The mountains are still highest and narrowest in this part of the island, but the subsequent growth of foothills to the east of the mountains in this area (Fig. 2A; Figs. DR2a–DR2d) has created potential refugia during major glaciations such as the Last Glacial Maximum (Fig. 1G). Hence, a faunal discontinuity as significant as that documented at 2 Ma (Figs. 3A–3C) became less likely through the Pleistocene as these eastern foothills evolved (Fig. 2A). Further, at least some hybridization of separated species can occur when they are reunited after short periods (<2 m.y.; Marshall et al., 2008). The first glaciation was sufficiently extensive to ensure that the resultant major faunal discontinuity survived to the present. The biological memory of that event, combined with the fish genetic evidence of a preexisting mountain chain, contribute to the geological understanding of the tectonic evolution of the Southern Alps, the Pliocene–Pleistocene cooling of the Southern Hemisphere, and the interactions of these two processes. A similar approach could be used elsewhere, such as in the Andes of South America where similar biogeographical discontinuities occur (Wallis et al., 2016) and where the onshore geological records of early glaciations have been removed by subsequent ice advances (e.g., Rodbell et al., 2009).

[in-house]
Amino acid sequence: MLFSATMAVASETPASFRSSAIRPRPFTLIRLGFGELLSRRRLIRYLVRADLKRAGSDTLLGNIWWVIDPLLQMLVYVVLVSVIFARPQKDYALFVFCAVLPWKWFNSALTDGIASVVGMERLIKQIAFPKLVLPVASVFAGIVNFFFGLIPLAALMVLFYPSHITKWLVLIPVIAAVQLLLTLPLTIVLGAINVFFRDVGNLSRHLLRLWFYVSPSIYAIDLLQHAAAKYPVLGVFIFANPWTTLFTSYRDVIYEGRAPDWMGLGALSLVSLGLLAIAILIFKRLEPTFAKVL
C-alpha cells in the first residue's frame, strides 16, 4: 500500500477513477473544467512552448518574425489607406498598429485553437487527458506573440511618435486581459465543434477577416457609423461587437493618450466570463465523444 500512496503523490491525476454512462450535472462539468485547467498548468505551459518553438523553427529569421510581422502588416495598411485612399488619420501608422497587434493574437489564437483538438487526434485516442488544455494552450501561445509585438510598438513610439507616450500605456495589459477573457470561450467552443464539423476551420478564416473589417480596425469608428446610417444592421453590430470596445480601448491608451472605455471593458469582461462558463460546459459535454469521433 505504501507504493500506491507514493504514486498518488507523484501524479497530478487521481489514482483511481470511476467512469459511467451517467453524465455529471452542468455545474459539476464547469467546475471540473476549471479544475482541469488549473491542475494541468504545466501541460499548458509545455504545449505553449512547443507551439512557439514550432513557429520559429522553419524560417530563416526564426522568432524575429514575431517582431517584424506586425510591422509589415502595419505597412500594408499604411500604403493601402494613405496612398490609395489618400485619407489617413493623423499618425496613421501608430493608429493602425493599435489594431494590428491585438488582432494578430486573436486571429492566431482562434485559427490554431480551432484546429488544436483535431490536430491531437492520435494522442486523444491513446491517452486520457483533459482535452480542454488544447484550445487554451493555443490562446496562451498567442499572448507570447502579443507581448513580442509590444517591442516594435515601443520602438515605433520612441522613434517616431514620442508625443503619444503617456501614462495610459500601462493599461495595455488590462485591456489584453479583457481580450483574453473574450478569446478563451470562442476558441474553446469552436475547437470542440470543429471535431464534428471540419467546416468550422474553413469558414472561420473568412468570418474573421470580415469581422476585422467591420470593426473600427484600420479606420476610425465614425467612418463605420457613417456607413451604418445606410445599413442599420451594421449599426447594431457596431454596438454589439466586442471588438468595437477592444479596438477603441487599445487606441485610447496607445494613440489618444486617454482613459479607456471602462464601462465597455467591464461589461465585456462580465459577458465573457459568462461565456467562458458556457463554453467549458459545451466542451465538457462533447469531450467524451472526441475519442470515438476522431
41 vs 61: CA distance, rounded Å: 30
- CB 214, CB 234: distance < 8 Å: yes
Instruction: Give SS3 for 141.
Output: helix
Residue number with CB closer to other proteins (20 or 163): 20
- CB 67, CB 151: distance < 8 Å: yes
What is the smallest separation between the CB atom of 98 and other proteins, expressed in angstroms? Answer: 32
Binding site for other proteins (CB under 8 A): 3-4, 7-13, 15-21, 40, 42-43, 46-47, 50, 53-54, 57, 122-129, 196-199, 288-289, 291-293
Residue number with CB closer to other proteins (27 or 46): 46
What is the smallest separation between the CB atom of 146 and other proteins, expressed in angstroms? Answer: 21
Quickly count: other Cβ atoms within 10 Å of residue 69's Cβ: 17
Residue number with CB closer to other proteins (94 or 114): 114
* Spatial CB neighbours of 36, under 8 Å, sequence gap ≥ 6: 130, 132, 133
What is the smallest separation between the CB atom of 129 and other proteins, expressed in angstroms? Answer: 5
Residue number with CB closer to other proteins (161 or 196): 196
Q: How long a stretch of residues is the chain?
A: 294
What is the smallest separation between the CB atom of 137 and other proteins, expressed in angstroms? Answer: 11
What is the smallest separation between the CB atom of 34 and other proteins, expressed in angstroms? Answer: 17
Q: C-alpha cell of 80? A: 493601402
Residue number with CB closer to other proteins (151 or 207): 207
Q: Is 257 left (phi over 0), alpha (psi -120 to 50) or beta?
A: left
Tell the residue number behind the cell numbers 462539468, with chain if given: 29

This research was funded by University of Otago, GNS Science, and the Marsden Fund of the Royal Society of New Zealand. Helpful reviews by three anonymous reviewers substantially improved the presentation.

1GSA Data Repository item 2017196, Figure DR1 and DR2 (structure, topography, and evolution of the tectonic neck), and Figure DR3 (summary distribution of terrestrial biota), is available online at or on request from
Gold Open Access: This paper is published under the terms of the CC-BY license.